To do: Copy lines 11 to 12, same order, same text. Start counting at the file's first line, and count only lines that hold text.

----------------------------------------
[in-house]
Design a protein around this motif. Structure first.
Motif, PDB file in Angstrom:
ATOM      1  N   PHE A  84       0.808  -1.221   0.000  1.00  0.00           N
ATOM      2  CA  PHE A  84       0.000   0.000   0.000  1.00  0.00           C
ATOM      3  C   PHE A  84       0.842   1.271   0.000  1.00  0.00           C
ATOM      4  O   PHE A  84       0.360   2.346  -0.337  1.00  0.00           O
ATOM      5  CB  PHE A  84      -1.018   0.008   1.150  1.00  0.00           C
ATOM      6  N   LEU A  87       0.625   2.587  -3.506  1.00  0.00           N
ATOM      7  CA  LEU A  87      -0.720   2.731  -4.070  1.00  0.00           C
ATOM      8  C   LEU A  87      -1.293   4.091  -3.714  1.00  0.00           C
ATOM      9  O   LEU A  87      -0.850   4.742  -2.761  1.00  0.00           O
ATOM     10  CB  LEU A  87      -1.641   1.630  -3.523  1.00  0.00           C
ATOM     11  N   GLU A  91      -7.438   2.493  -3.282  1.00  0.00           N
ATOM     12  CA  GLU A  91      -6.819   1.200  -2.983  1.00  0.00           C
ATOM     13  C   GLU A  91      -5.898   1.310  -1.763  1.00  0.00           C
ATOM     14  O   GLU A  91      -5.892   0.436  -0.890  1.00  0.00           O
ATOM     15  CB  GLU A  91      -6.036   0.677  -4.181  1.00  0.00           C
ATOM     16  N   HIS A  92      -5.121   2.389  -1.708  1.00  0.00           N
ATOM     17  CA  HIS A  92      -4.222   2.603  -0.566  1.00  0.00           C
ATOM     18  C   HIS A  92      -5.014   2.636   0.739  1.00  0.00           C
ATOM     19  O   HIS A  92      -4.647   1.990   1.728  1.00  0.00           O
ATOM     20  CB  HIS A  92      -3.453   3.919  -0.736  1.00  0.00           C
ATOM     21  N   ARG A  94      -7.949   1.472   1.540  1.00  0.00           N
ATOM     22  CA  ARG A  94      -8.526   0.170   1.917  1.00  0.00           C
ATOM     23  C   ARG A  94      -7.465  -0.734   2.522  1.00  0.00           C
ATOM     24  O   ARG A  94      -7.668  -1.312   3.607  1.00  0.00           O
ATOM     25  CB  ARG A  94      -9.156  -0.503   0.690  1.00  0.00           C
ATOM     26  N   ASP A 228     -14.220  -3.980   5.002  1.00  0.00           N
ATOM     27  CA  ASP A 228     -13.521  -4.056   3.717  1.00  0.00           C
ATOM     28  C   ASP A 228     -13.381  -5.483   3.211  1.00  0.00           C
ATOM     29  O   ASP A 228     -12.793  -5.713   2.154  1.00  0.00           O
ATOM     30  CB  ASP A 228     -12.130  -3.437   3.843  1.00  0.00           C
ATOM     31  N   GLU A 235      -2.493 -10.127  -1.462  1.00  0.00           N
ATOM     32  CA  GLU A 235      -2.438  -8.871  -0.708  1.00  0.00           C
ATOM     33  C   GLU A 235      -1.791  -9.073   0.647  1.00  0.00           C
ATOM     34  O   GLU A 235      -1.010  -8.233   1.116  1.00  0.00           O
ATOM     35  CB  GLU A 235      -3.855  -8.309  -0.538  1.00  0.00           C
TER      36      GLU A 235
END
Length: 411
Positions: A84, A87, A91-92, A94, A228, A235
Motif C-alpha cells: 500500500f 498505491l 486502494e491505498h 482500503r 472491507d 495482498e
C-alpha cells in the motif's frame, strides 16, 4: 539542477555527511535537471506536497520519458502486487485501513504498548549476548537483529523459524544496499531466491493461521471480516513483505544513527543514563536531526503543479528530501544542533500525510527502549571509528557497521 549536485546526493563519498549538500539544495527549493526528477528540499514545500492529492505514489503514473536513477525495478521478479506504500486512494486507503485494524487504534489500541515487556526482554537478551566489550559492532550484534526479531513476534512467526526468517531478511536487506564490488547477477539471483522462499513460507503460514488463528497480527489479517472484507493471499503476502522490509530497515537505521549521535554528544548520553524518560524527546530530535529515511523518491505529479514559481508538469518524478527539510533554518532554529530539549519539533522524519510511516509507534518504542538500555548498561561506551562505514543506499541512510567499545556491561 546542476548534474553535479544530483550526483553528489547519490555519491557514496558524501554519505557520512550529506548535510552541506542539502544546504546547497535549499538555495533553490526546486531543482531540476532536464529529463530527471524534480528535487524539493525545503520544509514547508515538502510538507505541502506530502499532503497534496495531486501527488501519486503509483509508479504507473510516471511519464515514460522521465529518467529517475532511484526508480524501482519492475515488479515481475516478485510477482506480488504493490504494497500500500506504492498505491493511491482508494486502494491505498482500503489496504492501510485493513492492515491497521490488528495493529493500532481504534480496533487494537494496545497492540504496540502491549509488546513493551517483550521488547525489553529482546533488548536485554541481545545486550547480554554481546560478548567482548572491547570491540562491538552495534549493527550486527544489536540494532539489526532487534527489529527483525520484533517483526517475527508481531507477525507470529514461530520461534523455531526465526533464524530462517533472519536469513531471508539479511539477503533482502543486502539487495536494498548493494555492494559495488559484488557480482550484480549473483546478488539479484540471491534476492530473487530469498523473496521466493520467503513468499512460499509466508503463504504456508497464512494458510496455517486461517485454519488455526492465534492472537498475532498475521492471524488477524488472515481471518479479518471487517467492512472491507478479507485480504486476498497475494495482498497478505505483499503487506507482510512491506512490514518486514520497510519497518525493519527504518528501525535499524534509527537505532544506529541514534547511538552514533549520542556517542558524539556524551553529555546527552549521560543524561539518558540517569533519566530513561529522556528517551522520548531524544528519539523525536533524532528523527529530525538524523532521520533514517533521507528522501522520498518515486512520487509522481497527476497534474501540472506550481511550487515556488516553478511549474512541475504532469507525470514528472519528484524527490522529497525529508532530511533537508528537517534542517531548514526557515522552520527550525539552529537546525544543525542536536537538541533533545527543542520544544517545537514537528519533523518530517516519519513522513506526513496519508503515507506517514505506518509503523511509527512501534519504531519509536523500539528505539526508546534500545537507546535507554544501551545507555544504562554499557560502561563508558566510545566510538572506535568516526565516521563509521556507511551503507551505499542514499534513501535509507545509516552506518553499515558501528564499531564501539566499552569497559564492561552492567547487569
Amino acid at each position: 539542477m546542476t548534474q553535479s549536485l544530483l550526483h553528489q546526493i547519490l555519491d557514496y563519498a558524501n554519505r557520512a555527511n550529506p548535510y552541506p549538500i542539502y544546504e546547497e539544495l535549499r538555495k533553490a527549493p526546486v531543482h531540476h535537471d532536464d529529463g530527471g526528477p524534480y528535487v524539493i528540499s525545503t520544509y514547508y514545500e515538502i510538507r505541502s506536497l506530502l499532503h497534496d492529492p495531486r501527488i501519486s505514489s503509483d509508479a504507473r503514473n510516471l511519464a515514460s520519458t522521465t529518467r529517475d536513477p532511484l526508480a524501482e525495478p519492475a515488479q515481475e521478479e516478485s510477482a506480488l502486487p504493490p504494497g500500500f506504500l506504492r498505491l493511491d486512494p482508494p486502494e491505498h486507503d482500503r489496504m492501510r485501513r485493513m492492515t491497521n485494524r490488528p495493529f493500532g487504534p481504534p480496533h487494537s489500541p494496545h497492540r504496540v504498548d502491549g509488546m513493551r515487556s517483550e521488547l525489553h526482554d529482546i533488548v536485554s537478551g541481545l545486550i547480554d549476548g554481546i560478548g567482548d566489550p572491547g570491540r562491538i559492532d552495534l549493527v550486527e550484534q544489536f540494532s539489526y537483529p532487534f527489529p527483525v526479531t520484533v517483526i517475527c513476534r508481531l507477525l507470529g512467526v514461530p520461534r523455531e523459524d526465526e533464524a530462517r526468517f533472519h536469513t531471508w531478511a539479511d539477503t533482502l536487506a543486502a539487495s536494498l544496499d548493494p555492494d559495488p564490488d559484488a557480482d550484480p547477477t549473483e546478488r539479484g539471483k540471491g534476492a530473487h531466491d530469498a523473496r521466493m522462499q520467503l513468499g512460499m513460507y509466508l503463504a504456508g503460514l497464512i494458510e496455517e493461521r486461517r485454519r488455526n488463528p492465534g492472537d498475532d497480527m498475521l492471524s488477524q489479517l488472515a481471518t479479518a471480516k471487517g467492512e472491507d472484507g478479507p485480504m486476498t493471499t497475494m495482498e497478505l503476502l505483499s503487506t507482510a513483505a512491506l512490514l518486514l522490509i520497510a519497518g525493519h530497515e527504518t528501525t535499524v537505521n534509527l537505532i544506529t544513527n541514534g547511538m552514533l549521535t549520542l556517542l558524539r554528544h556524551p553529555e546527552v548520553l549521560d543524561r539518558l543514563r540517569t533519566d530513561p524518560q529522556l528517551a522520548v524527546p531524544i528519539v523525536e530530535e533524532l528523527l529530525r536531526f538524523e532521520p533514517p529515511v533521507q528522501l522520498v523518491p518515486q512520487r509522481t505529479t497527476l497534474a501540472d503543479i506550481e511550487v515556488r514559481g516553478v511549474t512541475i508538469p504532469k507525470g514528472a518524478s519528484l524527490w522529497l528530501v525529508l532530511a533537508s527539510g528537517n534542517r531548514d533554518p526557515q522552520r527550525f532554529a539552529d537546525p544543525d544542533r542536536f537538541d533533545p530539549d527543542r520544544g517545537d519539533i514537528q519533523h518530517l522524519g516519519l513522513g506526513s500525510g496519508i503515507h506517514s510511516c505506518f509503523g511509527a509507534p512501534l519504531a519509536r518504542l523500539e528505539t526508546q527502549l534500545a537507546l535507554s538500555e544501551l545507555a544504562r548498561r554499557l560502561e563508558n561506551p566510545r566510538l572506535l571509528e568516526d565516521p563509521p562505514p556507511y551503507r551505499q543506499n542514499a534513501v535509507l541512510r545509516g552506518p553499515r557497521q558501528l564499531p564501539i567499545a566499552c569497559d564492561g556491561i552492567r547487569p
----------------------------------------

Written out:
ATOM      8  C   LEU A  87      -1.293   4.091  -3.714  1.00  0.00           C
ATOM      9  O   LEU A  87      -0.850   4.742  -2.761  1.00  0.00           O